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Federal regulations tighten as drug use in truckers rises

On Behalf of | May 29, 2020 | Truck Accidents

Truckers have to drive straight and narrow to stay safe, and that includes staying clean. Using drugs while driving can cause dangerous situations, and the government wants to know who’s unfit to drive.

The Federal Motor Carrier Safety Administration (FMCSA) will increase the number of random drug tests for those with a commercial driver’s license (CDL). The number of tests will double, thanks to rising rates of failed tests over the last two years. If you were involved in an accident with a truck driver, showing a failed test could be the fastest way to prove fault.

Unannounced testing

Employers have to give random tests to their drivers throughout the year. Each company maintains a list of drivers, and they periodically draw a name for testing. Once ordered, the employee has a short window to report to the testing site. Showing up late or refusing to take the test could be as dire as failing.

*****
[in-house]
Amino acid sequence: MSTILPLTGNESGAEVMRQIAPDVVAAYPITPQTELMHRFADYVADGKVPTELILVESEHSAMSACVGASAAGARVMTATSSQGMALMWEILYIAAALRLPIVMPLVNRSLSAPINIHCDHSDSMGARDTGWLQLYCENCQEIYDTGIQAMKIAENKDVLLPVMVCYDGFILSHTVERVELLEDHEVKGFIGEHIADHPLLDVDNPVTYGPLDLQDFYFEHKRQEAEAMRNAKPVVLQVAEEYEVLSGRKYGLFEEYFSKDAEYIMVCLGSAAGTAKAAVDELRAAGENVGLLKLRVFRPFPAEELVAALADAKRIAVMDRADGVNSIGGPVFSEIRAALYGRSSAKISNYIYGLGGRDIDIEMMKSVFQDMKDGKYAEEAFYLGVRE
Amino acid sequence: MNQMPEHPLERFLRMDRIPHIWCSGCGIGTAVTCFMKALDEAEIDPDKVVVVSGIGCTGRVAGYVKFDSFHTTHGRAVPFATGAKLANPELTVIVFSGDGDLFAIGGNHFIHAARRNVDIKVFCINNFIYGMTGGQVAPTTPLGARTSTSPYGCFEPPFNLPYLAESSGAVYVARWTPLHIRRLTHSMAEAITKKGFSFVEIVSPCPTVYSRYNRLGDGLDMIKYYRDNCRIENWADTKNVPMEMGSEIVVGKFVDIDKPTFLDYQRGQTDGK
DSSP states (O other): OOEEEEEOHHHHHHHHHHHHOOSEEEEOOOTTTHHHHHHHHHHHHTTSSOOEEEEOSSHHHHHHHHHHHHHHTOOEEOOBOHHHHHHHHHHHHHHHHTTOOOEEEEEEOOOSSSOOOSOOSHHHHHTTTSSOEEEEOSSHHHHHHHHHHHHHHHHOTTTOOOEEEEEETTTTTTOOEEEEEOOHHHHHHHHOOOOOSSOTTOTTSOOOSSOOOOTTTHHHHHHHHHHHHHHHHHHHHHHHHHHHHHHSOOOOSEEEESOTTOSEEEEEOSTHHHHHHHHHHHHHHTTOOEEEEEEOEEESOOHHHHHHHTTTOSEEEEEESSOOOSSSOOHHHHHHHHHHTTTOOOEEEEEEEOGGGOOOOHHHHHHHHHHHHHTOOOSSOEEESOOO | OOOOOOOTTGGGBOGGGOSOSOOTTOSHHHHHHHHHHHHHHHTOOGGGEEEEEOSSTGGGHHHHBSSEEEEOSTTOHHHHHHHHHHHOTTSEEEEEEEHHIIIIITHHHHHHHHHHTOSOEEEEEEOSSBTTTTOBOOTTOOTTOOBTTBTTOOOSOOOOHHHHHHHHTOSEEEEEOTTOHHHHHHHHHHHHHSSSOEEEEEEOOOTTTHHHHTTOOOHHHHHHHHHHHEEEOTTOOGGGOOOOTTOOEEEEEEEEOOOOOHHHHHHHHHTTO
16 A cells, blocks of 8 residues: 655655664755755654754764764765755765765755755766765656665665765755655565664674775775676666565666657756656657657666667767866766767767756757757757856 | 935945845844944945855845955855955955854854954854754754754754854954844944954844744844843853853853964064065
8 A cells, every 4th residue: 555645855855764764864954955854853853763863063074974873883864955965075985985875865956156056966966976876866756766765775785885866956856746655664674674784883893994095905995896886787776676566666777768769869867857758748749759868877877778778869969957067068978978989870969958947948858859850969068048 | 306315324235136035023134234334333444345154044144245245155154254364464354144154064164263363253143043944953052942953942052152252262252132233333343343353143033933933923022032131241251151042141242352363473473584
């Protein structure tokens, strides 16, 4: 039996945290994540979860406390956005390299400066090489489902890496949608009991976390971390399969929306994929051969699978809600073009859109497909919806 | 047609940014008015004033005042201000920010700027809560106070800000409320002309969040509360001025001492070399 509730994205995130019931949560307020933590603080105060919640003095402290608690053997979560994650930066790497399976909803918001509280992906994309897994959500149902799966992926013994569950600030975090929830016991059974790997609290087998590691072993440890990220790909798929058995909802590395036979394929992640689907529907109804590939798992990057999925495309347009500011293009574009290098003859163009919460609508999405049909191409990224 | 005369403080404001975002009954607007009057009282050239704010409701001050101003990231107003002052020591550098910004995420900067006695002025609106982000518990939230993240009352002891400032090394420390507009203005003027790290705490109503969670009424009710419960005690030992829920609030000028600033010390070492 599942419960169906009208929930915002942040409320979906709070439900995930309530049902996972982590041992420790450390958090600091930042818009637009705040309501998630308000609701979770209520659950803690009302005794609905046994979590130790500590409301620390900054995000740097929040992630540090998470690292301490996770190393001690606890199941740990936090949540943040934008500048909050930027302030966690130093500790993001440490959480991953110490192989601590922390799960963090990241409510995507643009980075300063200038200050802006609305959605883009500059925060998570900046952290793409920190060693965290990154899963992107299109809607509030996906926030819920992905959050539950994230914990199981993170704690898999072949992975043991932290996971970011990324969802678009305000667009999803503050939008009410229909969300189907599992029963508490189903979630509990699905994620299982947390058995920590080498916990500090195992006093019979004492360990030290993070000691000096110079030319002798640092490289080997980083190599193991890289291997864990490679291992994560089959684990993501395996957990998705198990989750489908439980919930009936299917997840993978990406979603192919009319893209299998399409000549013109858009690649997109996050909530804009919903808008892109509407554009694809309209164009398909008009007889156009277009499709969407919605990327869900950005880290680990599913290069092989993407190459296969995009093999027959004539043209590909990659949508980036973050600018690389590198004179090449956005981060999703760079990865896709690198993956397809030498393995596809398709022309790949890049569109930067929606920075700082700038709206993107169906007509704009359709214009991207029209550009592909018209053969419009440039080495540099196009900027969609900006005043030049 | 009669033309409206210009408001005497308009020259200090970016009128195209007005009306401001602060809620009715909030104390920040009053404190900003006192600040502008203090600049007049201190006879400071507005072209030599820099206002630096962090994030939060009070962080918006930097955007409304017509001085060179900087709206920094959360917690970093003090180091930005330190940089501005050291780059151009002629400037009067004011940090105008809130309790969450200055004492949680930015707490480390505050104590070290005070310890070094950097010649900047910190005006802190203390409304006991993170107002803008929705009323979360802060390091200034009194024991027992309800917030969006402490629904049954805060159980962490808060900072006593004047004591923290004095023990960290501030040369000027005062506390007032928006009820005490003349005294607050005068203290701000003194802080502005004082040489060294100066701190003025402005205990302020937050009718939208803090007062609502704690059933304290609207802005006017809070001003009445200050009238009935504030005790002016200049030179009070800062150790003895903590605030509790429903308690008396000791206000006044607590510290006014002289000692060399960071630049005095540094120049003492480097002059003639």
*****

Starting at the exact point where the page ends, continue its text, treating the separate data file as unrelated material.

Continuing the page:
Regular occurrences

Random drug testing is a key part of regulations, but there are plenty of other reasons that a test can take place:

  • Before employment: Companies have to follow a strict screening process before hiring drivers, and drug tests are a part of that. A driver will also have to be re-screened if they are out of the driving pool for over 30 days.
  • After an accident: An operator will have to take a test after most accidents involving fatalities, traffic citations or damaged vehicles. They will have to undergo testing within 32 hours of the incident.
  • Reasonable suspicion: Signs of impairment or withdrawal can lead to a supervisor ordering a test. A driver’s appearance, speech or behavior that point to use are enough to warrant additional drug screening.

A failed test can show drug use, but missing tests or refusals can be just as serious. Make sure you understand how testing can play into your claim, and you may be on the road to recovery.

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